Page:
So if Lovecraft jokes are out can we at least make August Derleth jokes?

    And LOLOLOLOL about Kvothfuss not knowing how to lounge about, if anyhting he doesn’t know how to do anything else? Was there any more “If this was a story…but this is the real world.” bullshit?

    Reply
  3. Zenobious

    I’m not sure which is worse: the terrible conlang names, or the ones straight up lifted from history and mythology — but such varied history and mythology that there is no unified theme, of course. Can’t we at least get some consistency in the awfulness? The regular addition of totally out-of-place names of both types would be jarring even in a better book.

    Dagon is possibly worst of all, because Rothfuss simply *can’t* not know that it’s also a name from the (exceedingly internet- and nerd-famous) Lovecraft. I never figured out if this is supposed to be a clever reference to Lovecraft, to the original mesopotamian god, or if Rothfuss just thought it sounded cool and went with it, consistency be damned. I’m leaning towards the last one, myself.

    Reply
  4. braak

    That part in Crocodile Dundee where he sleeps on the floor instead of in the really comfy bed is pretty funny, though.

    Reply
    1. Andrea Harris

      Well that’s one way of making the trope work: have the character be so rough and ready and wacky that they just can’t deal with soft luxury.

      Another way is to show that the luxurious rooms aren’t really comfortable, their elegance is all surface, where in actuality the big rooms are cold and drafty, the silk sheets inadequate, the gorgeous bed hard… so that the hero remembers with nostalgia how warm and comfy his shabby little home was. Or have the hero look out the window and see a servant get beaten for some tiny infraction and realize that the rich surroundings are based on a horrid system of oppression. OR have the hero just not be able to cope with the rich surroundings by flaws in his own personality: he feels out of his depth among all these swank folk, or he’s bitterly envious, or something.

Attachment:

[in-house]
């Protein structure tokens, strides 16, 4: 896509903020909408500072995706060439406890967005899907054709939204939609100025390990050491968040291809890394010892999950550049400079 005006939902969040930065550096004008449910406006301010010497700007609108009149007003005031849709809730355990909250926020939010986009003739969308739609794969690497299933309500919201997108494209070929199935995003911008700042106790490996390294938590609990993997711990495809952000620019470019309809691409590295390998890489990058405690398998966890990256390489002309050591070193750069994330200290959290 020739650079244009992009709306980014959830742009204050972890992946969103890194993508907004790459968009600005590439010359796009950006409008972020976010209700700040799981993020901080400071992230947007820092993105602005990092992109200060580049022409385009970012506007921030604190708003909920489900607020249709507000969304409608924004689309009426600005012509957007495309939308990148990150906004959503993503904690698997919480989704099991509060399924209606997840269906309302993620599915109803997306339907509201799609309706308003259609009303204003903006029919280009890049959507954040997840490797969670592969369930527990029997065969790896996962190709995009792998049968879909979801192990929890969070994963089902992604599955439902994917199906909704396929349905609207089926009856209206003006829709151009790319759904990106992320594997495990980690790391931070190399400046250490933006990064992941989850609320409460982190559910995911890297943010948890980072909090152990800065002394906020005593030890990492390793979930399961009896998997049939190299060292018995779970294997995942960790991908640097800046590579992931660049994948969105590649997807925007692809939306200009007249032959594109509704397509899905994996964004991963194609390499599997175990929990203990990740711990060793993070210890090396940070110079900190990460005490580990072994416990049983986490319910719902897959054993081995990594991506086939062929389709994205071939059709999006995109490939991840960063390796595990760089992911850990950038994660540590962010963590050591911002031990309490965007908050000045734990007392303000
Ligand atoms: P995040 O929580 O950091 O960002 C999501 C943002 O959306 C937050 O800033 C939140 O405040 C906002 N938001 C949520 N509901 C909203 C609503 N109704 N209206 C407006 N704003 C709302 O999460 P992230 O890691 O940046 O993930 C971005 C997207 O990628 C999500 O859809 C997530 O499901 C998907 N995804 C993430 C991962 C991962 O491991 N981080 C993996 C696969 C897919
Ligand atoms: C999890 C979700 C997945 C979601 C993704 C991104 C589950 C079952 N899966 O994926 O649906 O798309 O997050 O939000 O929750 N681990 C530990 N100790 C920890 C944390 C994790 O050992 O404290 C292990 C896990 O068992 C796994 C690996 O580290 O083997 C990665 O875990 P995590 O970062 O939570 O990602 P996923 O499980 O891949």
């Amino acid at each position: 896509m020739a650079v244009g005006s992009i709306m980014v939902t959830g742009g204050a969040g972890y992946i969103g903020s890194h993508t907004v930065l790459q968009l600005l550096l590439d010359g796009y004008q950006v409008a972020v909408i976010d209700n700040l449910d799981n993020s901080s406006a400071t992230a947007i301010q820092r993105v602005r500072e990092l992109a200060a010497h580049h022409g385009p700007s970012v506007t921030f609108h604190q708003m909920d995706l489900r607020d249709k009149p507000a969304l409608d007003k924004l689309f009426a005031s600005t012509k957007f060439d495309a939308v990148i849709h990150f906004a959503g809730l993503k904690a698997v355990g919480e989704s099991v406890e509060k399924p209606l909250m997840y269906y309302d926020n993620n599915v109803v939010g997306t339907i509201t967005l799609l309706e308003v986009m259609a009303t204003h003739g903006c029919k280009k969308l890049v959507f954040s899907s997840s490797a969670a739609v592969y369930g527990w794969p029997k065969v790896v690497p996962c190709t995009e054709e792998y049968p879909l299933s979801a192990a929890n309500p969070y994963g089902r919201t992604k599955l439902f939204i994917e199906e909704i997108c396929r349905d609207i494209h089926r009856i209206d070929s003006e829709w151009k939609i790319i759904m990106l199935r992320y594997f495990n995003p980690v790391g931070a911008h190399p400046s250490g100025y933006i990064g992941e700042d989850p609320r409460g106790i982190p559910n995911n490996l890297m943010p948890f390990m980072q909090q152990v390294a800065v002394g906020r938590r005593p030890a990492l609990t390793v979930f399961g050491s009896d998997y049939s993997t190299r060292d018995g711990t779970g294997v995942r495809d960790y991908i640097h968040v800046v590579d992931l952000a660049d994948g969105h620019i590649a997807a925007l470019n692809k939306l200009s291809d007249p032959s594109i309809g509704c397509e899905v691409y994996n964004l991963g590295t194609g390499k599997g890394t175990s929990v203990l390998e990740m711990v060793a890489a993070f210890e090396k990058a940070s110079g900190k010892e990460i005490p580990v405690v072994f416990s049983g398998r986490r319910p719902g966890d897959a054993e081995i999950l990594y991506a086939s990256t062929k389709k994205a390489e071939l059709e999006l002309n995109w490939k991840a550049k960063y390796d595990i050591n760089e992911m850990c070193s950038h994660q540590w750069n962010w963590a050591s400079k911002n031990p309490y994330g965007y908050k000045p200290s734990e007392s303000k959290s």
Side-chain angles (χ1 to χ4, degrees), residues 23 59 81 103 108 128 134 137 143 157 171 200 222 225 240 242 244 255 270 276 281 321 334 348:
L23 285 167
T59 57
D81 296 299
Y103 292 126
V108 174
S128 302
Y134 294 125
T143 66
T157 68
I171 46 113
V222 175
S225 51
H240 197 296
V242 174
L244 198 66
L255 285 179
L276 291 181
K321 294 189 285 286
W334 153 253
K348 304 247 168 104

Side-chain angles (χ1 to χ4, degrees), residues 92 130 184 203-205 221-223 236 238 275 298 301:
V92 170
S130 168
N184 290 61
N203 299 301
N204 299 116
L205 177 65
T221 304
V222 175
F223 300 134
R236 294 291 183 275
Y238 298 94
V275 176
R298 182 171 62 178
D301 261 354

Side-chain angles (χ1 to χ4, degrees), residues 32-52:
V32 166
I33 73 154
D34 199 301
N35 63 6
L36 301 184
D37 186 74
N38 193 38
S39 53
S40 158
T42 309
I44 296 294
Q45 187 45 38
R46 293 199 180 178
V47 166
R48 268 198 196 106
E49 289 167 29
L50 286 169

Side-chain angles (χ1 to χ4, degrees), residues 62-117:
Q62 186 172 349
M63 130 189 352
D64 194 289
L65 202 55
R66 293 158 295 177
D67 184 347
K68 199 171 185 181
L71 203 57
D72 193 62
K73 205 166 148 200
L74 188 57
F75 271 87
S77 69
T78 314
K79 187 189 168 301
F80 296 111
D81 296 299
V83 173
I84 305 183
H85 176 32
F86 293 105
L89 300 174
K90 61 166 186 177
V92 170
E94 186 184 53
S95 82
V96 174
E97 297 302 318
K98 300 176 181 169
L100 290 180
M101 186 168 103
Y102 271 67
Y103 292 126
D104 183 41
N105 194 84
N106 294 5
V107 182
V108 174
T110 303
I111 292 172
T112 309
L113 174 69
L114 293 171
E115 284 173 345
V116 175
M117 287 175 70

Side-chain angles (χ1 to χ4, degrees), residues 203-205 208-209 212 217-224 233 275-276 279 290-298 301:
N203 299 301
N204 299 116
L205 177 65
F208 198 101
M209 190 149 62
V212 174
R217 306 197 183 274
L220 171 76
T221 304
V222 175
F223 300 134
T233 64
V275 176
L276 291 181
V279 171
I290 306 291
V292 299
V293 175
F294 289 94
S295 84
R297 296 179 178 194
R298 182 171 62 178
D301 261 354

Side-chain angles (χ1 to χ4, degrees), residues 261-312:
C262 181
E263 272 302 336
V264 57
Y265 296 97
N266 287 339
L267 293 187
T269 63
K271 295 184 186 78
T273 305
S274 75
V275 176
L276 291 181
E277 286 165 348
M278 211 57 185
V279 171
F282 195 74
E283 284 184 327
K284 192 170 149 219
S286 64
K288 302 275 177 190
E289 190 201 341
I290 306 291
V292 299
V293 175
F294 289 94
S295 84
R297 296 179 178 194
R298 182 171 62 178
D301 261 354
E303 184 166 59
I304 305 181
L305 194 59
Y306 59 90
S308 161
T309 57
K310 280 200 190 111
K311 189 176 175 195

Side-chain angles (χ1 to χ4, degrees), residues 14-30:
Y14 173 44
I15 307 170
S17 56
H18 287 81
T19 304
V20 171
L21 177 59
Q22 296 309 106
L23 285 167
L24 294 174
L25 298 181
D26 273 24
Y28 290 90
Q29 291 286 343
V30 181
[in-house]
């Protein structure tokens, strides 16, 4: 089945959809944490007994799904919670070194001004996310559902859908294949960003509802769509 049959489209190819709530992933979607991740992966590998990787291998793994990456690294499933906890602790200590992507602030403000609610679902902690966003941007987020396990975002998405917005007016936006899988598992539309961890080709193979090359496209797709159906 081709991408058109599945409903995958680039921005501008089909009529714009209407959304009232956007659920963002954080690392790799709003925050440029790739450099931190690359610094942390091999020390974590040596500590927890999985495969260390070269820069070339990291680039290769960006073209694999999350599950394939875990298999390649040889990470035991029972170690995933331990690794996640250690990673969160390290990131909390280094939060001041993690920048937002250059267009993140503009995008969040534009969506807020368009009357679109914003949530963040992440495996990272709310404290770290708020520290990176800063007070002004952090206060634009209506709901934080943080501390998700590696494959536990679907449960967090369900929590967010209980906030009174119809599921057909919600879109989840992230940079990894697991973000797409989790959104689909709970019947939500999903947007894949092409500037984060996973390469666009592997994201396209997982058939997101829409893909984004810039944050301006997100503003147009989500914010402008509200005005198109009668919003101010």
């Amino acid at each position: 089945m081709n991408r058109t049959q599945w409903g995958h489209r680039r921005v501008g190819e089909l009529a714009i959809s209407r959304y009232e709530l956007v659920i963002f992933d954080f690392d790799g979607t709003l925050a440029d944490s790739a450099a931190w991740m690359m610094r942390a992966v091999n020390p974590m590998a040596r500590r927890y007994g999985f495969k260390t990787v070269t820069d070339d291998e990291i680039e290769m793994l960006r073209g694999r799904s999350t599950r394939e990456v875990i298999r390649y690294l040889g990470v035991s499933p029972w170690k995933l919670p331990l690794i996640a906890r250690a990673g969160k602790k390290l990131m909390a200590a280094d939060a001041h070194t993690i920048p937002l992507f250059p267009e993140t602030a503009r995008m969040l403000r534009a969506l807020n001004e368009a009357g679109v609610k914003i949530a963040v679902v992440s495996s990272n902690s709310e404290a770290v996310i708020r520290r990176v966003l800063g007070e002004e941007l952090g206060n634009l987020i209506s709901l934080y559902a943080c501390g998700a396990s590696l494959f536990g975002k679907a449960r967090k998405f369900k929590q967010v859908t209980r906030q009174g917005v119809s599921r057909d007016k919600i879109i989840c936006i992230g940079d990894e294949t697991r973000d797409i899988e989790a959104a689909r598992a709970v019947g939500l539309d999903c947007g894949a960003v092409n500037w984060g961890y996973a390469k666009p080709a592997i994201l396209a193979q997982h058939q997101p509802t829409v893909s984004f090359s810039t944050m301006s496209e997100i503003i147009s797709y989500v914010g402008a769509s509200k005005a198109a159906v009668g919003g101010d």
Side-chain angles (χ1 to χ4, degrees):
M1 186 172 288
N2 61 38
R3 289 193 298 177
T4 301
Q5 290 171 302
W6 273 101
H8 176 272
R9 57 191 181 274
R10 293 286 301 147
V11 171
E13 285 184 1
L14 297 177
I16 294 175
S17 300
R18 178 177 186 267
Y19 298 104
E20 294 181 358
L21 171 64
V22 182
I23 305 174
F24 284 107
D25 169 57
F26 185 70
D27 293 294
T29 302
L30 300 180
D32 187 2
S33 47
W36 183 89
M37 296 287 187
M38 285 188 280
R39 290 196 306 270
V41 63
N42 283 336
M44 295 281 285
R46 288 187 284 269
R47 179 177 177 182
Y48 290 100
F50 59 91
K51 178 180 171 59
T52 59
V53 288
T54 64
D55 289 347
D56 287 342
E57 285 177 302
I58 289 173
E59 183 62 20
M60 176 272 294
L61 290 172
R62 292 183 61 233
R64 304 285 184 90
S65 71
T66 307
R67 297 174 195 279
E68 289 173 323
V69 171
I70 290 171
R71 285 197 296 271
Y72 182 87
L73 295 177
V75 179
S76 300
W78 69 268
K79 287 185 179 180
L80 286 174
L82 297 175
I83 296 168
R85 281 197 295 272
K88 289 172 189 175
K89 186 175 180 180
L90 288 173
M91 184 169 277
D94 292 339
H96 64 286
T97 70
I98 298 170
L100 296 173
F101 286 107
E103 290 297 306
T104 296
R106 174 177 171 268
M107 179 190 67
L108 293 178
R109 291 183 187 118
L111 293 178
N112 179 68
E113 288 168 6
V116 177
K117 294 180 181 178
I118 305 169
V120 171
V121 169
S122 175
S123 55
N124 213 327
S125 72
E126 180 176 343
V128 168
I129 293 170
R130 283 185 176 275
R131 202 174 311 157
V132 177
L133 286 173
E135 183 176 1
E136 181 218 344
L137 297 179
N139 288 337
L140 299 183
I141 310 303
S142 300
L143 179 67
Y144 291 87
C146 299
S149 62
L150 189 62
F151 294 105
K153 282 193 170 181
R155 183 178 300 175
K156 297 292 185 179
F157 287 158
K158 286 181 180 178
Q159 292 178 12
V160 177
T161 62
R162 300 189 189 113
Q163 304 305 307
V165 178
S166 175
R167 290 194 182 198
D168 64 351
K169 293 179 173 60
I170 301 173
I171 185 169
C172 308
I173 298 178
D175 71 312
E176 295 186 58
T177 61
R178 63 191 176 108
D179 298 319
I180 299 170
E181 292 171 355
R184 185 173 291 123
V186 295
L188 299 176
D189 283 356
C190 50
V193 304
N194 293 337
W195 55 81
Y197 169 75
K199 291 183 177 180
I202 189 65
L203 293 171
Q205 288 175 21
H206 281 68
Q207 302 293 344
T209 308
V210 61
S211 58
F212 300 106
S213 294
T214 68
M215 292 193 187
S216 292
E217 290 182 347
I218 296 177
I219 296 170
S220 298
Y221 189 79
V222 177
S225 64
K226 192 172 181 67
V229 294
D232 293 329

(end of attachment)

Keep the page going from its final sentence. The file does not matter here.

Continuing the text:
But it doesn’t look like we get any of that. Kvothe just hates his fancy-pants room because he’s a superior person who knows Wealth Is Bad. It’s a very American type of hypocrisy, which is why we have people who make triple figures refusing to wear ties and only drinking cheap beer, and so on, to show that they’re really “of the people.”

      I also note with amusement that Kvothe’s snotty attitude towards luxury vanishes when it comes to getting a fancy, “impractical” cloak. Hey, Rothfuss, we know you like to cosplay and when I was in high school Miami, Florida and deep in Hobbitlandia I wore my dark green 100% wool all over the place. But I didn’t write a book with a character based on my imaginary secret self that actually got published. The editor really should have caught that one even if they missed all the rest of the crap.

      Reply
      1. Andrea Harris

        My dark green 100% wool cloak, that is. Yes, I had one, with a hood. A friend of my mother’s made it for me. In my defense, my high school had an a/c system that was always set at 55F, and no heating system so the one week out of the year when the temps dropped below 75F the place was just as cold.

        Reply
        1. ronanwills Post author

          I encourage out-there political and historical speculation in these here comment threads. The more tenuous the better.

          Reply
      2. Andrea Harris